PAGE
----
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2023 has brought many updates and changes to the legal landscape. Our blog posts have covered many of them, but you may not remember (or care to remember) them. Before moving on to 2024, let’s take a moment to review our top five blog posts from the year and the key takeaways from each.

Vax Requirement Sacked in TN: Medicare Providers Lose Exemption from COVID-19 Laws

Our most read blog of 2023 covered the federal COVID-19 vaccination requirement that applied to certain healthcare employers, which was lifted effective August 4, 2023. (Yes, in 2023 we were still talking about COVID-19). However, keep in mind that state laws may still apply. For example, Tennessee law generally prohibits employers from requiring employee vaccination, with an exception for entities subject to valid and enforceable Medicare or Medicaid requirements to the contrary (such as the federal vaccine requirement). However, now that the federal vaccine requirement is gone, there is no exception for these Medicare or Medicaid providers, and they are likely fully subject to Tennessee’s prohibition.

Interpretation of an Interpreter Request? 11th Circuit Weighs in on Accommodation of Deaf Employee

In this blog post, we covered a recent Eleventh Circuit case in which the court addressed ADA reasonable accommodation requests . The employee requested an accommodation, and the employer did not grant it—but the employee continued to work. Did the employee have a “failure to accommodate” claim? The Eleventh Circuit said yes, potentially. The court clarified that an employee still must suffer some harm—here, he needed to show that the failure to accommodate adversely impacted his hiring, firing, compensation, training, or other terms, conditions, and privileges of his employment. So, when you are considering an employee’s accommodation request, think about whether not granting it (or not providing any accommodation) could negatively impact the employee’s compensation, safety, training, or other aspects of the job. Always remember to engage in the interactive process with the employee to see if you can land on an agreeable accommodation.

Poster Rollercoaster: DOL Changes FLSA Notice Required at Workplaces

If your business is subject to the FLSA (and almost everyone is), you probably know that you must provide an FLSA poster in your workplace. In this blog post, we reported that there is an updated FLSA “Employee Rights” poster that includes a “PUMP AT WORK” section, required under the Provide Urgent Material Protections (PUMP) for Nursing Mothers Act (more information on the PUMP Act here).

Holiday Road! DOL Weighs in on Tracking FMLA Time Against Holidays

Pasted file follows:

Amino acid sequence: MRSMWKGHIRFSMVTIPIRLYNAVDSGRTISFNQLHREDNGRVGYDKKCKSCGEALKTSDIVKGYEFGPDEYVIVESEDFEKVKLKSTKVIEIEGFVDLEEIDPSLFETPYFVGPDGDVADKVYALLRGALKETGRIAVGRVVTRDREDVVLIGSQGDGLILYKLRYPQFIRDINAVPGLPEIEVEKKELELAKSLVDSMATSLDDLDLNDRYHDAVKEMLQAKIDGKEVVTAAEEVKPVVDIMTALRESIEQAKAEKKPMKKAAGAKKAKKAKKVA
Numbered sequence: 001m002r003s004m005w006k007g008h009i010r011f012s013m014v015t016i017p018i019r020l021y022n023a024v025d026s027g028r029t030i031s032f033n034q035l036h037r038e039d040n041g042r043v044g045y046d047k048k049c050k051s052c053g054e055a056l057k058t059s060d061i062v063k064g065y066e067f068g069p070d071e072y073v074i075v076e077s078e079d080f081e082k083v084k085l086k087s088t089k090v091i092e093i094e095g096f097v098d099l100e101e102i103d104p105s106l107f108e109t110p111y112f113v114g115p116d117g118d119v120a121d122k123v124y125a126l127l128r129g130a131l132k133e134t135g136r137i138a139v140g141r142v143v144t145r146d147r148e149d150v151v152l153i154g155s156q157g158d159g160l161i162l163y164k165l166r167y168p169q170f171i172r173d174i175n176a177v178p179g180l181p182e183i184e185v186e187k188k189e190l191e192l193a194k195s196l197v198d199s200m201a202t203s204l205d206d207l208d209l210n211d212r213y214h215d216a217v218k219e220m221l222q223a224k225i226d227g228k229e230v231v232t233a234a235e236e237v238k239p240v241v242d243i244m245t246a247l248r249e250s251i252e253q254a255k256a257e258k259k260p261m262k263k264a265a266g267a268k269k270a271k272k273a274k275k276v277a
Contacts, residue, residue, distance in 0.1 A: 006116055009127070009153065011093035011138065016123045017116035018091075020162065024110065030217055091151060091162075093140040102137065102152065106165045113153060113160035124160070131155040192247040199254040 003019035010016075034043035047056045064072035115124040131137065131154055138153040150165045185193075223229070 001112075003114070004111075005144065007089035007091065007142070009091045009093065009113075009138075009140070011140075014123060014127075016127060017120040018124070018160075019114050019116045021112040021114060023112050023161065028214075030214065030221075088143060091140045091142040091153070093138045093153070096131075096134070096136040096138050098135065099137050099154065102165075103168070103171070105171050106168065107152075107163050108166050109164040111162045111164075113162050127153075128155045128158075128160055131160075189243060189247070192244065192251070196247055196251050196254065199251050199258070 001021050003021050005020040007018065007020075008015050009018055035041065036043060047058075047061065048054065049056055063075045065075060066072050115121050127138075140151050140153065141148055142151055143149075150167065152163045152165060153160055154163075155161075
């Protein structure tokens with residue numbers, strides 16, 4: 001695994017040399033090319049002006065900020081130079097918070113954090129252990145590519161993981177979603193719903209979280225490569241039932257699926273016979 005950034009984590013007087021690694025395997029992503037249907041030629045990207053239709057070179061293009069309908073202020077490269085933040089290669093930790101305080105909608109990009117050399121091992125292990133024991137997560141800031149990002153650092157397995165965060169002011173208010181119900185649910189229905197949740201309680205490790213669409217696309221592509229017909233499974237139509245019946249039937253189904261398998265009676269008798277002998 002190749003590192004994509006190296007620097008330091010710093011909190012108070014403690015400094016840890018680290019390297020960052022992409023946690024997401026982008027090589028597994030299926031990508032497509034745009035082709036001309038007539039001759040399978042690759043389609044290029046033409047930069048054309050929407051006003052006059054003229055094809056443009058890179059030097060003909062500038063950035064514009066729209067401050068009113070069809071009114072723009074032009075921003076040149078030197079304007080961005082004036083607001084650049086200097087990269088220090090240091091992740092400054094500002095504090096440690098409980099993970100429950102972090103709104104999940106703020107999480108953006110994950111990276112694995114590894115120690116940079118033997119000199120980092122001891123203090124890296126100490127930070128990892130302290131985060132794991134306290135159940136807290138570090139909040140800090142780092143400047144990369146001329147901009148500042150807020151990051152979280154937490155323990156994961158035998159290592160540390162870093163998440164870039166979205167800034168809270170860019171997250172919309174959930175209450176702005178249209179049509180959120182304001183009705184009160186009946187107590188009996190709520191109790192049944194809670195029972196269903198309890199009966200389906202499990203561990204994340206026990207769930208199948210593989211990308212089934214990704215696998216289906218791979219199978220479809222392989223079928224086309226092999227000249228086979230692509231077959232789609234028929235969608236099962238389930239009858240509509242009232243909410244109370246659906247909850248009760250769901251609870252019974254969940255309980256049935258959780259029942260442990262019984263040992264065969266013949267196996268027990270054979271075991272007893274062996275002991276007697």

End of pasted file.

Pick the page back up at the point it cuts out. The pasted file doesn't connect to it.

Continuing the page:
In this now-timely blog post from June 2023, we discussed new guidance on tracking FMLA time during holidays. The DOL released Opinion Letter FMLA2023-2-A: Whether Holidays Count Against an Employee’s FMLA Leave Entitlement and Determination of the Amount of Leave. When employees take FMLA leave intermittently (e.g., an hour at a time, a reduced work schedule, etc.), their 12-week FMLA leave entitlement is reduced in proportion to the employee’s actual workweek. For example, if an employee who works 40 hours per week takes 8 hours of FMLA leave in a week, the employee has used one-fifth of a week of FMLA leave. However, if the same employee takes off 8 hours during a week that includes a holiday (and is therefore a 32-hour week), has the employee used one-fourth of a week of FMLA leave? Not surprisingly, the DOL said no. The one day off is still only one-fifth of a regular week. So, the employee has still only used one-fifth of a week of FMLA leave. Review the blog post for options to instead track leave by the hour, which could make things easier.

OT on the QT? Bama’s Tax Exemption for Overtime

Alabama interestingly passed a law, effective January 1, 2024, that exempts employees’ overtime pay from the 5% Alabama income tax. In this blog post, we discussed the new exemption. It is an effort to incentivize hourly employees to work overtime, especially in light of recent staffing shortages and shift coverage issues. The bill currently places no cap on how much overtime pay is eligible for the exemption, but it allows the Legislature to extend and/or revise the exemption during the Spring 2025 regular session. If you have employees in Alabama, be sure to contact your payroll department or vendor to ensure compliance with this exemption.

As always, consult your legal counsel with any questions about these topics or other legal issues. See you in 2024!